Also, his campaign manager quit.
Going directly to the people further proved to be a bad idea for Weiner’s when he was confronted by an angry voter on live television, over the weekend. Peg Brunda, a former New York City Department of Education employee told the smiling candidate that she wanted to address him in front of the cameras.
Then came the shaming.”Had I conducted myself in the manner in which you conducted yourself, my job would’ve been gone,” said Brunda.
Weiner should have walked away, but he needed clarification, “In the privacy of your own home?”
“Yes, in the privacy of my own home,” she responded. “I don’t quite understand how you would have the moral authority as the administrator of this city to oversee employees when your standard of conduct is so much lower than the standard of conduct that’s expected of us.”
Mid-way through her point, Weiner sensed that Brunda wasn’t on his side. “I wanna let other people make the decision for themselves, fair enough?”
Needless to say, the 48-year-old isn’t up for the congeniality award.
Anthony Weiner has lost his mind.
At least, that’s the conclusion most Democrats have come to.
There’s really no other way they can explain how he’s handled the revelations of his post-resignation sexts and his combative encounters with voters over the weekend looking for him to quit the mayor’s race. But Monday night’s needlessly dismissive brush off of the Clintons — the first family of Democratic politics who consider his wife a second daughter — surprised even people who thought they couldn’t be surprised anymore by his political self-destructiveness.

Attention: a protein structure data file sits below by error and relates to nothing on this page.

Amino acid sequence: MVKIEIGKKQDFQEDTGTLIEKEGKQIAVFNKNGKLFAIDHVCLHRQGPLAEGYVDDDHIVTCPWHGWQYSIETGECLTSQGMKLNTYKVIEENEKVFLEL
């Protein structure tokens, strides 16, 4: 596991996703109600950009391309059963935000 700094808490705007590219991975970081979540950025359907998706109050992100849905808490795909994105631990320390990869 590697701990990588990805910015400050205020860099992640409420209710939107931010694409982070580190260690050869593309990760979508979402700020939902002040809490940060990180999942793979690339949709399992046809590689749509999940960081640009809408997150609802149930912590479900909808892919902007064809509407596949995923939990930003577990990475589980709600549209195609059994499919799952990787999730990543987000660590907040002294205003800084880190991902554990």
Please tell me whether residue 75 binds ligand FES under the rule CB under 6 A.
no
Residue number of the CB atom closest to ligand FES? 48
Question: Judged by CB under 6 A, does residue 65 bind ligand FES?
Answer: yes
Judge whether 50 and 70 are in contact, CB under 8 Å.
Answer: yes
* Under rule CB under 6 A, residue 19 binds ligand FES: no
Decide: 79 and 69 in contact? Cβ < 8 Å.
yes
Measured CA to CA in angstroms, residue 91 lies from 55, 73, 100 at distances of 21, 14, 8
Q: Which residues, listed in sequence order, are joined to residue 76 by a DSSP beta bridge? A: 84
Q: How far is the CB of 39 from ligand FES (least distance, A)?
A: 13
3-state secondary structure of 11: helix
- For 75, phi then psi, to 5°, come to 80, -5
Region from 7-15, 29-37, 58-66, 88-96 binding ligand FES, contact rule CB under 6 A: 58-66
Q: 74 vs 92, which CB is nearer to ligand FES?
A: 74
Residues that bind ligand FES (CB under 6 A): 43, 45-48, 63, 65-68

And all for a campaign that’s plummeting in the polls and heading, with every passing hour, toward a seemingly more inevitable fiery end.
Ex-New York Governor Elliot Spitzer ( who had his own career-damaging sex scandal, but involving a prostitute) gave his opinion on MSNBC’s Hardball. “You’re not going to vote for Anthony Weiner — can you just say that now? You don’t think he should be mayor of New York,” host Chris Matthews asked Spitzer.
“Fair point. That is correct.”
No matter the disdain, unless he’s forced out of the race, Weiner isn’t budging. “Quit isn’t the way we roll in New York City,” he said in a recording posted on his campaign website today. “We fight through tough things.”
See the entire video below.